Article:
The law upheld by the 10th Circuit is the same law that was challenged by Jack Phillips, the proprietor of the Lakewood-based bakery Masterpiece Cakeshop, in 2018. The case, which went all the way to the U.S. Supreme Court was ultimately decided, on narrow grounds, in Phillips’ favor, with the high court finding that the Colorado Civil Rights Commission had not taken seriously Phillips’ concerns that being compelled to bake a cake for a same-sex wedding violated his religious beliefs opposing homosexuality and same-sex marriage.
Alliance Defending Freedom balked at the decision, saying in a statement that Smith will appeal the 10th Circuit’s decision, which the organization claims violates her First Amendment right to freedom of religion, as well as freedom of speech.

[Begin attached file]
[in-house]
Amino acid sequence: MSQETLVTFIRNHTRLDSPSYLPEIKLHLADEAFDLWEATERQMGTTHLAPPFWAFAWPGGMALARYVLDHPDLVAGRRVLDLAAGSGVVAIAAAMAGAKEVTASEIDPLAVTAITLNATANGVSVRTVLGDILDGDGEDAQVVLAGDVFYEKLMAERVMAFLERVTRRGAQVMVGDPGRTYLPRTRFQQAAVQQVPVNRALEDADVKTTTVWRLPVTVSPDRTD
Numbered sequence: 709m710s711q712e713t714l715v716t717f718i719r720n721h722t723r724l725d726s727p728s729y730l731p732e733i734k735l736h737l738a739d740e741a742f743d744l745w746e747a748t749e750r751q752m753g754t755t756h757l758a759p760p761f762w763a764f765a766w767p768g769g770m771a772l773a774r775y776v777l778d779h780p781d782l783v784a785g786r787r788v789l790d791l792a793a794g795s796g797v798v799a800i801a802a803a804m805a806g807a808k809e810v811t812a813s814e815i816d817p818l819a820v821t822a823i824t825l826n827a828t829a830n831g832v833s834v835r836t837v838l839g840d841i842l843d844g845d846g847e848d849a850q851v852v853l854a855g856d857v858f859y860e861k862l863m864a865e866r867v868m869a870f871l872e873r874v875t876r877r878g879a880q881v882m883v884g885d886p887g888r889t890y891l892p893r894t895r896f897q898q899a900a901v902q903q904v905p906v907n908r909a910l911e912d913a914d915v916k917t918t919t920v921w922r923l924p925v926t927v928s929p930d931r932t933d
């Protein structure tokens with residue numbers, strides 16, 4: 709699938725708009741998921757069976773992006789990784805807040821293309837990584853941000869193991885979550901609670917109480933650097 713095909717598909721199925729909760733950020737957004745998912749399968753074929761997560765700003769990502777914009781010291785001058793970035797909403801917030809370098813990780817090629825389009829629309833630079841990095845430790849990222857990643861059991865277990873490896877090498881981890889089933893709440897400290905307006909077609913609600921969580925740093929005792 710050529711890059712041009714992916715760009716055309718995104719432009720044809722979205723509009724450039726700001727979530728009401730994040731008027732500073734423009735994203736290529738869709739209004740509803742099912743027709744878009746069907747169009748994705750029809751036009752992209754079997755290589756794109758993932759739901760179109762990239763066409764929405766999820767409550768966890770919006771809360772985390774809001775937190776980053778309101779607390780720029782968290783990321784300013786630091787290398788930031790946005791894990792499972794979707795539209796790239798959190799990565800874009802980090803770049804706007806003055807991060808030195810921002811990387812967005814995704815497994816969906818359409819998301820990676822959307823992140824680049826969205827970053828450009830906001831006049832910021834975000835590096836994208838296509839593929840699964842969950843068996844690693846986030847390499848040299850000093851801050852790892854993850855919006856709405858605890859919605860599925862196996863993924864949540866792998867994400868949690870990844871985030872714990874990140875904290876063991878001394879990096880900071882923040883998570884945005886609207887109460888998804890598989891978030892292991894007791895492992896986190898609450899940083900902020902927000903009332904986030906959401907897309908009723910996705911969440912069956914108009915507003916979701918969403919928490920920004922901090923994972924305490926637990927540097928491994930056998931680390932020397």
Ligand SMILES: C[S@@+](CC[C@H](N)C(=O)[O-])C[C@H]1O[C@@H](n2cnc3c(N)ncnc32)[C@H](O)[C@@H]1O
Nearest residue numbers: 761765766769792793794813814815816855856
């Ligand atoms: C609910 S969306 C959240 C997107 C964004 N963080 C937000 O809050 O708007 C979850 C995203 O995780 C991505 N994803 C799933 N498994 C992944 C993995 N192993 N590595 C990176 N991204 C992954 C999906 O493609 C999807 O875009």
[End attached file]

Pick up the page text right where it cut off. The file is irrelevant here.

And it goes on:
“The government should never force creative professionals to promote a message or cause with which they disagree. That is quintessential free speech and artistic freedom,” ADF Senior Counsel and Vice President of Appellate Advocacy John Bursch said in a statement. “Colorado cake artist Jack Phillips has been harassed for years; Washington floral artist Barronelle Stutzman stands to lose nearly everything she owns; and now Lorie Smith is being told that she must speak views she opposes and can’t post about her beliefs on her own business website. How many more creative professionals will have to suffer before they receive recognition of their constitutionally protected freedoms — the rights they have always had in this country?”
Lambda Legal, which submitted a friend-of-the-court brief calling on the appeals court to uphold the Colorado nondiscrimination law, praised the 10th Circuit’s decision.